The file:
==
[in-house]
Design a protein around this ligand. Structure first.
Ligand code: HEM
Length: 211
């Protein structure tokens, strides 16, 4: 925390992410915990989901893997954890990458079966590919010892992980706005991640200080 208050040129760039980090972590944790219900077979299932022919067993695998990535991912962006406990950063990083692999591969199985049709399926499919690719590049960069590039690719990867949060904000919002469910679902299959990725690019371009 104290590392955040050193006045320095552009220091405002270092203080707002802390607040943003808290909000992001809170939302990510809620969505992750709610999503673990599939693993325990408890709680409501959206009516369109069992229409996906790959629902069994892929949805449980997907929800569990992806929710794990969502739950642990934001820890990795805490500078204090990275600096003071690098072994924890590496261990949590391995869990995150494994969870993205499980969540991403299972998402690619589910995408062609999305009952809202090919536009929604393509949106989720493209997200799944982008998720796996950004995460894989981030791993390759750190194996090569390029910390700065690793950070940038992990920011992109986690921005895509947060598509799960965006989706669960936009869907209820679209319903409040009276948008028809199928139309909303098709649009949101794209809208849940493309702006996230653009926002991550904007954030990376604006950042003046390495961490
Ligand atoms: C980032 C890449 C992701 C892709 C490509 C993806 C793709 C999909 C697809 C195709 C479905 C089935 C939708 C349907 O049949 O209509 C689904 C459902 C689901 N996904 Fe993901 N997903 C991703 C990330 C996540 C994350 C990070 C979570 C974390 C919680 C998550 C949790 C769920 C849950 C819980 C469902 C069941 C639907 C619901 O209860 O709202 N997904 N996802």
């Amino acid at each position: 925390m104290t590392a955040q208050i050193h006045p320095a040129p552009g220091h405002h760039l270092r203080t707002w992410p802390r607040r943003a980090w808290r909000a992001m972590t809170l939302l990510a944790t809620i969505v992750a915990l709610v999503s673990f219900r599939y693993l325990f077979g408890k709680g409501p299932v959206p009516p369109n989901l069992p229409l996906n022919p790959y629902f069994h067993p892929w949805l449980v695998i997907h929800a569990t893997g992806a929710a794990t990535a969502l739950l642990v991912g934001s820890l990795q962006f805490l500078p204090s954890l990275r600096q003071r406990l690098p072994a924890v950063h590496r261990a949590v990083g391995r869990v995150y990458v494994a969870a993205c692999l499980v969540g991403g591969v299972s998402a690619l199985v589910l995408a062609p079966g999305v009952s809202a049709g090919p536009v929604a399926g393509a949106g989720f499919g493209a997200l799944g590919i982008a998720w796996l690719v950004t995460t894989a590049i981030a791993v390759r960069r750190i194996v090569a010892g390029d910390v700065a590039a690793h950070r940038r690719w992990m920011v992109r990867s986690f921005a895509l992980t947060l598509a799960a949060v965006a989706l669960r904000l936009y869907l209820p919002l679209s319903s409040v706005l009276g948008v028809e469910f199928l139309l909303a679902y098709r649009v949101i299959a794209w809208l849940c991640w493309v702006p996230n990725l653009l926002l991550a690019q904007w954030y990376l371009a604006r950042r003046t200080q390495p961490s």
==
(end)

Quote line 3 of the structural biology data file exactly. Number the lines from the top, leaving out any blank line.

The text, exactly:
Ligand code: HEM